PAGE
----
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Oklahoma Emerges as Leader in Renewable Energy Growth

Oklahoma, Renewable Energy

Mineral Rights

Oklahoma, historically recognized as a top-five producer of oil and natural gas, is now rapidly gaining prominence in the renewable energy sector. From 2018 to 2023, Oklahoma increased its clean electricity generation by an impressive 35%, more than twice the national average and outpacing even California, a leader in clean energy. According to data from the energy think tank Ember, this surge signifies Oklahoma’s growing influence in the realm of renewable energy.

Additionally, Oklahoma’s power producers managed to cut fossil fuel-powered generation by nearly 12% since 2018, a reduction rate that is double the national average. This significant decrease also surpasses the fossil fuel use cuts seen in Texas and California during the same period. These efforts to boost clean power output and reduce fossil fuel dependency have helped Oklahoma cut its power sector emissions by 20% since 2018, a substantial improvement compared to the 7% reduction in Texas and the 14% drop in national emissions over the same period.

Thanks to continued expansion in wind generation capacity in 2024, Oklahoma is set to emerge as a pivotal player in national energy transition efforts. Despite being less renowned than other clean power states, Oklahoma’s advancements place it alongside major contributors to the renewable energy landscape.

Wind Power: The Driving Force

Oklahoma’s clean energy growth has been primarily driven by aggressive expansions in wind generation capacity. The share of wind in Oklahoma’s electricity mix soared from around 32% in 2018 to 42% in 2023. Over this five-year span, electricity generation from wind farms in Oklahoma increased by 38%, and in 2022, wind power surpassed all other sources to become the leading electricity provider in the state. Although natural gas reclaimed its position as Oklahoma’s primary power source in 2023, the sustained growth in wind capacity ensures that the share of clean power in the electricity mix continues to rise.

Between 2020 and 2023, Oklahoma’s wind capacity grew by an annual average of 1,049 megawatts (MW), a growth rate surpassed only by Texas. According to the energy data portal Cleanview, Oklahoma added 403 MW of wind capacity in the first quarter of 2024 alone, second only to Texas’ 449 MW. This trajectory indicates that Oklahoma could set a new state record for wind capacity additions in 2024.Oklahoma electricity generation by source

Reducing Carbon Intensity

Oklahoma’s push towards clean power is a relatively recent phenomenon. While Texas has been generating over 10% of its electricity from clean sources since 2000, Oklahoma only crossed the 10% threshold in 2012. However, clean power output in Oklahoma has accelerated rapidly since then, accounting for more than 40% of the state’s annual electricity supply since 2021. This shift from primarily fossil fuel-based to clean energy has led to a significant reduction in the state’s power sector carbon intensity.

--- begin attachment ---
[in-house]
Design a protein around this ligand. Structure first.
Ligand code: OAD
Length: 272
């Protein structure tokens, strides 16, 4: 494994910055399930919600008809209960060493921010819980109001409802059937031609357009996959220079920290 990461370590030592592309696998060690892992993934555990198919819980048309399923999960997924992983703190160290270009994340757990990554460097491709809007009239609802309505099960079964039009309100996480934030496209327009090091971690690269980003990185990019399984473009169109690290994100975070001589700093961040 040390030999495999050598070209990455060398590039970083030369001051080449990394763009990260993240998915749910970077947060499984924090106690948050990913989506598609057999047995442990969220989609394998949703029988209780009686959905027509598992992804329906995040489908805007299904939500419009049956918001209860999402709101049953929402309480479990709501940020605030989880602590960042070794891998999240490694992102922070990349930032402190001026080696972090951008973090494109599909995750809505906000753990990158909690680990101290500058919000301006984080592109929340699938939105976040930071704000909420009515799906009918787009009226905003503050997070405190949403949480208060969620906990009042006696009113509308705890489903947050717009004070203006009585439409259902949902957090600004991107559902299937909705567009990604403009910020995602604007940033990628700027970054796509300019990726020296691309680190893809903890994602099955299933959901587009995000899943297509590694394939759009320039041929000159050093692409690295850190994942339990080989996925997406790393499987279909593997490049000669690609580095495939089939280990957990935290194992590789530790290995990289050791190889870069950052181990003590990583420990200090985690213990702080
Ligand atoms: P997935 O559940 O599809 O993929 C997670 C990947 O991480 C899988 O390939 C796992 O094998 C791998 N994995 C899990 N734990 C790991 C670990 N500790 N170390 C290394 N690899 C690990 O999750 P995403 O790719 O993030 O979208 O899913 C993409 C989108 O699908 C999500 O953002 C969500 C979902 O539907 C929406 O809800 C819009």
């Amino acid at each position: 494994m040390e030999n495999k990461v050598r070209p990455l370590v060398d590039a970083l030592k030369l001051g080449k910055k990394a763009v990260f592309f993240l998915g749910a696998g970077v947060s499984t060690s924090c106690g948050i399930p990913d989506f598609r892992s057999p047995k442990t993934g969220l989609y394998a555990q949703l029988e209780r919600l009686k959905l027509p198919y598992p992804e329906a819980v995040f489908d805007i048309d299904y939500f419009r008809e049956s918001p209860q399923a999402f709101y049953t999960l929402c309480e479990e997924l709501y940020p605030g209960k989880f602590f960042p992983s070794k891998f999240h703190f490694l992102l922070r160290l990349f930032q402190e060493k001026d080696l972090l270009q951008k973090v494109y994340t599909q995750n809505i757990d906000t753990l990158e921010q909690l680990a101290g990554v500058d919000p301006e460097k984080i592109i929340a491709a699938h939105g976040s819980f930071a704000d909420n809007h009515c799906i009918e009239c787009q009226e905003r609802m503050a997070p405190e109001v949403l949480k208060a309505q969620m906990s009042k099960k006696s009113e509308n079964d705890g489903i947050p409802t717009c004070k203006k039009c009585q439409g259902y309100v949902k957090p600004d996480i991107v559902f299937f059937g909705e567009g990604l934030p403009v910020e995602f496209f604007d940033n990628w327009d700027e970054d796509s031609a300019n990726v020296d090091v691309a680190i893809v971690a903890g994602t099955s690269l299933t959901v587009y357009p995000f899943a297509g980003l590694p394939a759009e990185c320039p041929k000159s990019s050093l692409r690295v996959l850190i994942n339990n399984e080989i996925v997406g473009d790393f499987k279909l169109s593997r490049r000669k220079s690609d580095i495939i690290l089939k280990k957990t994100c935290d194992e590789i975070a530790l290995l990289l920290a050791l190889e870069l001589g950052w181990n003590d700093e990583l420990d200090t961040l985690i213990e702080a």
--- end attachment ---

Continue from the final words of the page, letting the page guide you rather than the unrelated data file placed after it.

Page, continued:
From 2018 to 2023, the carbon intensity of Oklahoma’s electricity generation fell from approximately 384 grams of carbon dioxide (CO2) per kilowatt hour (KWh) to 297 grams of CO2 per KWh, a 23% reduction. This decline is significantly greater than the 14% national reduction over the same period and also exceeds the 10% drop in California and the 18% decrease in Texas. Oklahoma’s carbon intensity, once consistently above the national average until 2016, has since been consistently below the national average, reinforcing the state’s status as an emerging clean energy leader.

Broadening the Transition

Oklahoma’s energy consumers are also contributing to the state’s clean energy progress. In 2023, Oklahoma’s drivers posted the largest annual increase in electricity use for electric vehicle (EV) charging of all U.S. states. According to the U.S. Energy Information Administration (EIA), the 74% jump in electricity demand for EV charging in Oklahoma significantly outpaced the growth rates in neighboring states and the national average of 45%. This trend underscores how household behavior can also drive power sector decarbonization.

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However, the state’s power producers remain the cornerstone of clean energy progress. As long as they continue to expand clean generation capacity and reduce fossil fuel use, Oklahoma could soon surpass its larger rivals and emerge as a key player in national energy transition efforts.

In summary, Oklahoma’s rapid advancements in renewable energy generation, particularly in wind power, and significant reductions in fossil fuel dependency and carbon emissions, position the state as a burgeoning leader in the clean energy sector. With continued efforts and sustained growth, Oklahoma is well on its way to becoming a new beacon of the national energy transition movement.

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